The City of Belpre is supplied with water from a dug well (210) 12 feet in diameter and 61 feet deep. The water level was 29 feet below land surface when the well was dug but the water level rose 12 feet as a result of above-normal precipitation between 1941 and 1944. The well is cased with concrete and is equipped with two 4-inch centrifugal pumps powered by 15-horse power electric motors. The water is pumped into the mains at the rate of 300 gallons a minute, and the excess water goes into an elevated steel tank. The water is moderately hard but otherwise is of good quality (analysis 210, Table 10).
Accurate data on the rate of consumption of ground water for municipal use are available only for the public-supply system at Larned. The average daily use of water at Larned in 1943 was 75 gallons per capita. If it is assumed that the per capita consumption of water was about the same in all the cities in this area that have a public water supply, then the total pumpage of water by these cities in 1943 probably was between 750 and 800 acre-feet.
Pawnee and Edwards counties are agricultural areas having very few industries and, hence, very few industrial wells. Almost all the industries are situated at Larned or at Kinsley and they obtain most of their water from the municipal water systems in those cities. The only data on the consumption of ground water for industrial use are those available for the City of Larned. In 1943, the industries in Larned purchased 14,200,000 gallons of water from the city. One of the industrial users of water in Pawnee and Edwards counties is the Atchison, Topeka, and Santa Fe Railway Company, which has wells in most of the communities in this area. These generally are small-diameter drilled wells having a comparatively small yield. Most of the oil and gas companies drill water wells to supply water for use in drilling the oil and gas tests. These are used only during the drilling of the deep wells and then generally are abandoned.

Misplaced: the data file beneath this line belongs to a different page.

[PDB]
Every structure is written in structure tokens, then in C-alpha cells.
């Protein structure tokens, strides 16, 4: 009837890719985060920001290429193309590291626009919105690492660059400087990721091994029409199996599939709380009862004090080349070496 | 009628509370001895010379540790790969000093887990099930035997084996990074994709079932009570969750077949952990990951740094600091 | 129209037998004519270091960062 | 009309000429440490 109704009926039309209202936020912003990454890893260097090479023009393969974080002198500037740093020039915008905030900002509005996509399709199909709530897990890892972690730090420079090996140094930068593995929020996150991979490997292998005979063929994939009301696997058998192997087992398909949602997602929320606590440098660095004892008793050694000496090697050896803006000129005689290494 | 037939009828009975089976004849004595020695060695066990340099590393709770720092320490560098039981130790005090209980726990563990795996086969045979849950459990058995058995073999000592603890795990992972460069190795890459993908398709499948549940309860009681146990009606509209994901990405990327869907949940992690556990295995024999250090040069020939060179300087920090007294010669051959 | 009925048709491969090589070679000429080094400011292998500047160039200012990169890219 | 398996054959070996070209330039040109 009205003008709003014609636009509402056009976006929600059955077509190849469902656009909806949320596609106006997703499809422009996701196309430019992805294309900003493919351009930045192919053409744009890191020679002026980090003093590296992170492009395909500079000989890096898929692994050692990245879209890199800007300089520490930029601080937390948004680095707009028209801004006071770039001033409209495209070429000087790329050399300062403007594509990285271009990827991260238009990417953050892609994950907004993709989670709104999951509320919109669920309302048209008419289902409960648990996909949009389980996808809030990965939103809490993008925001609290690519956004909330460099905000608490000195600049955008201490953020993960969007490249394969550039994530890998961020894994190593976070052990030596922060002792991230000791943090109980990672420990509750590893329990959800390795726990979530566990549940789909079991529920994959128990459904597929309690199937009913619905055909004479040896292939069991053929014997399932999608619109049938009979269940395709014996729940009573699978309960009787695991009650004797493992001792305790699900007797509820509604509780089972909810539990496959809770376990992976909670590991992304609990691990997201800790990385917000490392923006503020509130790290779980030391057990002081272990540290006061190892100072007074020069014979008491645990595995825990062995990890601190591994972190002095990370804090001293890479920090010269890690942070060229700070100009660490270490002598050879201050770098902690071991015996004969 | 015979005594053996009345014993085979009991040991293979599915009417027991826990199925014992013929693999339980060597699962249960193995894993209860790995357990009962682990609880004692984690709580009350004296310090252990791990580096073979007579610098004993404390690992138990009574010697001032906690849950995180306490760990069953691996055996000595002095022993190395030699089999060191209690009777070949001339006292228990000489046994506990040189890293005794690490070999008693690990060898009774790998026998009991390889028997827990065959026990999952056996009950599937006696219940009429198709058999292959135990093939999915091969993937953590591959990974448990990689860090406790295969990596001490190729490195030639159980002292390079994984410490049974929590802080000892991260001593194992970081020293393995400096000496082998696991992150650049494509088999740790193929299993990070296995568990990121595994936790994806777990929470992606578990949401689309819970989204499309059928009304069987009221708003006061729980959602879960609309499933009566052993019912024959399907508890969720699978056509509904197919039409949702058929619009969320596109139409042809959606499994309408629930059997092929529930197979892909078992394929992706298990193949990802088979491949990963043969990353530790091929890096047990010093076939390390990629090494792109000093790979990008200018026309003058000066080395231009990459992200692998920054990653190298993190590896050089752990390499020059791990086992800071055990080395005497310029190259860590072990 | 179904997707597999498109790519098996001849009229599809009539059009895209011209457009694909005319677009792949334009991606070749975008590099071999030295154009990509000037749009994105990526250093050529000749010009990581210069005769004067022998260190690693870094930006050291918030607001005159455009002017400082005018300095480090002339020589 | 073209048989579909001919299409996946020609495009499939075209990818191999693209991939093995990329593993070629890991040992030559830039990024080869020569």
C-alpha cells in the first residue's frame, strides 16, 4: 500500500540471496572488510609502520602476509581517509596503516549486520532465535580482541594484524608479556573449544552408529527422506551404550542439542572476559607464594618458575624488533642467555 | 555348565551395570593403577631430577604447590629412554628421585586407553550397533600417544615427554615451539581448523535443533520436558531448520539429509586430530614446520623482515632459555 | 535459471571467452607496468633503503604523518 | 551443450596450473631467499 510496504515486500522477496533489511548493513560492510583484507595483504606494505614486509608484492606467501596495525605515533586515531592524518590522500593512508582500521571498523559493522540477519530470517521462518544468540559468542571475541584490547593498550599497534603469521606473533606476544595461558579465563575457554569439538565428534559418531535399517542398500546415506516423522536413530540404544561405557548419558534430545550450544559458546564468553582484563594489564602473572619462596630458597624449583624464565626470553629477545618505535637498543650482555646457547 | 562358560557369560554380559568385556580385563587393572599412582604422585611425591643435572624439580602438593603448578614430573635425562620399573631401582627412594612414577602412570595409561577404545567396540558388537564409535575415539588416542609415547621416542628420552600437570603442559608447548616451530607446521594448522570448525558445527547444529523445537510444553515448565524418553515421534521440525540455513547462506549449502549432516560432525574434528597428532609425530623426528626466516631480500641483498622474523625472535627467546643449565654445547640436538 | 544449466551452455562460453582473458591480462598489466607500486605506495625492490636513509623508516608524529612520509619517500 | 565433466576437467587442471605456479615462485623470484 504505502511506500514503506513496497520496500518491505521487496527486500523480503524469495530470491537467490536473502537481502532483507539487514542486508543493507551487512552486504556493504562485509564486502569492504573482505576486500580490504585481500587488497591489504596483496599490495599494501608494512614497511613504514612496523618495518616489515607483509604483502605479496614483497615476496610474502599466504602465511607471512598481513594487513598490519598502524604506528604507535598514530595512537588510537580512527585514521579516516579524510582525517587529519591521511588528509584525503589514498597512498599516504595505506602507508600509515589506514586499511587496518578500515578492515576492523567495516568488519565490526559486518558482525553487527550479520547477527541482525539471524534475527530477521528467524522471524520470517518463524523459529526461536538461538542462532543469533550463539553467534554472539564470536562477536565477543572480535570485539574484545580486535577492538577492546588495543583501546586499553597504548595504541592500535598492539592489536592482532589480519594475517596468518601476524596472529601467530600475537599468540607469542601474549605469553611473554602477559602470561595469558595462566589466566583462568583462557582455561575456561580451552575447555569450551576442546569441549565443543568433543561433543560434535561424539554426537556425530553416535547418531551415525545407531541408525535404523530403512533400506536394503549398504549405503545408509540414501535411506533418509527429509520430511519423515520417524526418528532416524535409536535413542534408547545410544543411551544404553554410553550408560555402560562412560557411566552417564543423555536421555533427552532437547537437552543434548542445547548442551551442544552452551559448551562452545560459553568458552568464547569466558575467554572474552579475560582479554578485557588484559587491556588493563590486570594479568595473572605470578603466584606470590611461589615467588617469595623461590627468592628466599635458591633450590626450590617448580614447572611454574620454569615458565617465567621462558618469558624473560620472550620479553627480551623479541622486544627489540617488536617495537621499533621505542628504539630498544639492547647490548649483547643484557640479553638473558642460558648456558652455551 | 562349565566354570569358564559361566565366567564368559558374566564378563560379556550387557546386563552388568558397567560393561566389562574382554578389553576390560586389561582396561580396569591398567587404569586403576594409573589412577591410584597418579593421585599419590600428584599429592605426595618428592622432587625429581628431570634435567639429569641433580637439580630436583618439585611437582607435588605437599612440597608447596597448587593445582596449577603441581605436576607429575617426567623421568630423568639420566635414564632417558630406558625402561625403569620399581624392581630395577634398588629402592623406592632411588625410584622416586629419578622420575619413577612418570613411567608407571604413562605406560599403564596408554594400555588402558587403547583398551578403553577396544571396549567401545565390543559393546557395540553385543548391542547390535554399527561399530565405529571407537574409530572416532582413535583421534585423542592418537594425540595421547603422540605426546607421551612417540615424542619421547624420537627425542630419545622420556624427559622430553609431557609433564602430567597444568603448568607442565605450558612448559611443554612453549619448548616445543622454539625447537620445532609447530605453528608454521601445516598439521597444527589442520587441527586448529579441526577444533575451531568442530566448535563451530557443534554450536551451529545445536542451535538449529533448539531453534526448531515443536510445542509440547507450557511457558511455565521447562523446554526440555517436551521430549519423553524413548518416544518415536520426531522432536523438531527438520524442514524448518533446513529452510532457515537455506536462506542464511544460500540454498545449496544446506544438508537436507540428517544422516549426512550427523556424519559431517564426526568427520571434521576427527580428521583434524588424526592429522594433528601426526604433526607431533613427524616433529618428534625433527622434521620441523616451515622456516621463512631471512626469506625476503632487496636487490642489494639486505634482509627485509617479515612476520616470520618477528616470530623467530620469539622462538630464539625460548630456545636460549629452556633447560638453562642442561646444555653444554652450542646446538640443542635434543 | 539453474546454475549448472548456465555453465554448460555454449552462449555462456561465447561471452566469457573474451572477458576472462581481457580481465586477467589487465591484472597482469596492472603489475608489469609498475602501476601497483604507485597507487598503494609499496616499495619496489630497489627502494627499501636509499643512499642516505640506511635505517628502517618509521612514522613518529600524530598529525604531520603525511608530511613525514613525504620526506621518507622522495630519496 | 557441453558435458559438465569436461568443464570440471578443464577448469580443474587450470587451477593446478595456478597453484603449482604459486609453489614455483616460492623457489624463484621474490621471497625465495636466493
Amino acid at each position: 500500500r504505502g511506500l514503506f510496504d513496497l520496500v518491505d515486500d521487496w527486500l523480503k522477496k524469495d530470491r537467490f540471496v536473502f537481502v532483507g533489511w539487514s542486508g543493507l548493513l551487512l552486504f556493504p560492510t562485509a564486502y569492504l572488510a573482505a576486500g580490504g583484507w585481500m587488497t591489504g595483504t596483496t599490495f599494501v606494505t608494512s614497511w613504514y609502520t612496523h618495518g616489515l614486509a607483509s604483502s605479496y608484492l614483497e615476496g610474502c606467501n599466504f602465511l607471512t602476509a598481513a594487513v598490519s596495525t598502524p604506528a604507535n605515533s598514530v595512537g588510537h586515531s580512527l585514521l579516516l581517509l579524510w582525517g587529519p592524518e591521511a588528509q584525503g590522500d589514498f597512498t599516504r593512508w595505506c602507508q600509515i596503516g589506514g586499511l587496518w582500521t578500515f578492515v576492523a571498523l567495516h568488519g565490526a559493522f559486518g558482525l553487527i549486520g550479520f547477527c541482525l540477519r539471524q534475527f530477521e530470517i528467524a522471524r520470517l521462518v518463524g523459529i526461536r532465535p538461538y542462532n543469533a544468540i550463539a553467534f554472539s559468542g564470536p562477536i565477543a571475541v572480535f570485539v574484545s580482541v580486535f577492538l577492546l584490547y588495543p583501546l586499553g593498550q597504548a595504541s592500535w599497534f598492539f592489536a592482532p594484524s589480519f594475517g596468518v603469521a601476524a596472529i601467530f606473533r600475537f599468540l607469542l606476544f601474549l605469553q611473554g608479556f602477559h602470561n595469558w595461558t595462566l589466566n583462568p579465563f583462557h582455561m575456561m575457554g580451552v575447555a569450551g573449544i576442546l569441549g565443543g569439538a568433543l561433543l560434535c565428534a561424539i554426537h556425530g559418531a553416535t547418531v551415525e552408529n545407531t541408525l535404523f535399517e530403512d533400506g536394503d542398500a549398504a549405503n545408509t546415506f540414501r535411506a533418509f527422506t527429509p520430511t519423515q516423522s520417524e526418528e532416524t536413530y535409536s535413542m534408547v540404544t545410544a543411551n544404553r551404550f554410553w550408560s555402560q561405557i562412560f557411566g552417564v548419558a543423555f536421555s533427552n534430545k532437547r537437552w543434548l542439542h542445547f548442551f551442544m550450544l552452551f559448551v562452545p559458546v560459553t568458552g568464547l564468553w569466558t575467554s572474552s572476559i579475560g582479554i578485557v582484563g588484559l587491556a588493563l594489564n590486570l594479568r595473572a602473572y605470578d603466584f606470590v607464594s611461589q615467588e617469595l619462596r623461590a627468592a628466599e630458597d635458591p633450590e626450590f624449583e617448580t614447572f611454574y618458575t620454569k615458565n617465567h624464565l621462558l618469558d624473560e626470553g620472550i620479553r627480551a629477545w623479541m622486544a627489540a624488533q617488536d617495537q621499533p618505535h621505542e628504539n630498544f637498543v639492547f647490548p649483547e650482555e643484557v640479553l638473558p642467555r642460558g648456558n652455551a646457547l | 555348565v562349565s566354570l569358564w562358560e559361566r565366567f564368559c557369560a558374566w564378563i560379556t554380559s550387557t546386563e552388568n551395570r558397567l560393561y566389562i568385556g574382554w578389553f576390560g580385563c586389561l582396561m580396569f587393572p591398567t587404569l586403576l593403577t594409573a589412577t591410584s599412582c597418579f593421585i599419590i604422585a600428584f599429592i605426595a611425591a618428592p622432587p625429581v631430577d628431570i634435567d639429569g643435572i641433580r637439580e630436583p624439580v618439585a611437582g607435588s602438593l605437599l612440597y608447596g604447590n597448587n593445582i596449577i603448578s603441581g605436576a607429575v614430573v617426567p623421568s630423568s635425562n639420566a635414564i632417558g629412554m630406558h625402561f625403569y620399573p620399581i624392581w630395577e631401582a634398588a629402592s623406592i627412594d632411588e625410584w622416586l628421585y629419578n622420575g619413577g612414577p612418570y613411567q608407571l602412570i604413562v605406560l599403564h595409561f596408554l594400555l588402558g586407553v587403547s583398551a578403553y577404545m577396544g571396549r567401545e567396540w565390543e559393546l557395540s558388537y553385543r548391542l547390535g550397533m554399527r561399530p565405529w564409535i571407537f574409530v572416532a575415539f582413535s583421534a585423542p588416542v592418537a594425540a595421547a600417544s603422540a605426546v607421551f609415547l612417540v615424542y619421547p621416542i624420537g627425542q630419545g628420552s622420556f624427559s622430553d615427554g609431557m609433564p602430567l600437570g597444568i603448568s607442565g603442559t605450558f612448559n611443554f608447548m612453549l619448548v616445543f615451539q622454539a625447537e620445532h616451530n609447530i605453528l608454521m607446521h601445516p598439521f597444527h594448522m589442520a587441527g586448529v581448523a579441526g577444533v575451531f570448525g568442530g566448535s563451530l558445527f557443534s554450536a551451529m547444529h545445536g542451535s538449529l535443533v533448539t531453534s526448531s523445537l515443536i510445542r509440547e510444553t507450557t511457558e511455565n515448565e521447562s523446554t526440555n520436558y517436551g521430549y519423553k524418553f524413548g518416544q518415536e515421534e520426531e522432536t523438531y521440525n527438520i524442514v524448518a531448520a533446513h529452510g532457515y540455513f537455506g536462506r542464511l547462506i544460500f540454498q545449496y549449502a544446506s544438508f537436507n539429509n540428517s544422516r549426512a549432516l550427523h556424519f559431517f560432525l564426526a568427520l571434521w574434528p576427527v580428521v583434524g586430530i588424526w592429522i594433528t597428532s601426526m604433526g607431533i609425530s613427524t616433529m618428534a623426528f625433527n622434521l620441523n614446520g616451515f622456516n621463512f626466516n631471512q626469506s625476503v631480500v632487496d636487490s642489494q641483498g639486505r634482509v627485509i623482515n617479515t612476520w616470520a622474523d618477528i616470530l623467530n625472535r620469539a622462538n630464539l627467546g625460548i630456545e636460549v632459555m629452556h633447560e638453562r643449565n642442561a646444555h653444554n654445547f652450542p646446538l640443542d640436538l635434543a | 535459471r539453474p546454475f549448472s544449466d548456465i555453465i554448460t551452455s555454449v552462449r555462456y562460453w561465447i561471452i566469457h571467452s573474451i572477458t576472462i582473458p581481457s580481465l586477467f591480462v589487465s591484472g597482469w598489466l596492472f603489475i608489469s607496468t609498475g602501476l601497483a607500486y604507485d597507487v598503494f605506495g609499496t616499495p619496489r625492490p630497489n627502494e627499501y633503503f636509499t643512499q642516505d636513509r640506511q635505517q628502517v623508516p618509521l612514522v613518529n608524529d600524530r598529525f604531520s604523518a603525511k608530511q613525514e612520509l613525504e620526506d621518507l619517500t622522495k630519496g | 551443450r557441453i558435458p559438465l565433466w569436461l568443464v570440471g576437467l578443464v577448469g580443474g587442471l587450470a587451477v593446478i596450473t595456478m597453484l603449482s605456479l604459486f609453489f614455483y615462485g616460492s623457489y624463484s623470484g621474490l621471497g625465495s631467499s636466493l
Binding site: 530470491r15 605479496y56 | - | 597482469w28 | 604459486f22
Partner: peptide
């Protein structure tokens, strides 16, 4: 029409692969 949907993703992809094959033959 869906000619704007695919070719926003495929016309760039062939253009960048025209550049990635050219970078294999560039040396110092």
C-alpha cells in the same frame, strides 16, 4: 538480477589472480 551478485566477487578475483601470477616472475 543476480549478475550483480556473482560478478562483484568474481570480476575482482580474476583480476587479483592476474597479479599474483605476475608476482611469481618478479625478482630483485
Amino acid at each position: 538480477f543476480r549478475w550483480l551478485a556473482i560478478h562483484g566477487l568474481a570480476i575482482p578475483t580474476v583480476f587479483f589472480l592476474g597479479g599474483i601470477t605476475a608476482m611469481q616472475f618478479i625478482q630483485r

Possibilities of further development of industrial supplies from wells-The prospects for developing additional supplies of ground water for industrial use in Pawnee and Edwards counties is very good. The unconsolidated water-bearing materials that underlie the broad area of dune sand south of the Arkansas River are essentially undeveloped. Part of this area may be irrigated in the future, but the development of irrigation will be greatly limited by the type of soil and by the slope of the land. These factors are not adverse to the development of industrial supplies. Throughout this area the pumping lift is small and the recharge conditions are favorable. Additional industrial supplies of ground water could be obtained from wells in the alluvium of the Arkansas and Pawnee Valleys. There, however, the water is of poorer quality and the land is more favorable for the extensive development of irrigation.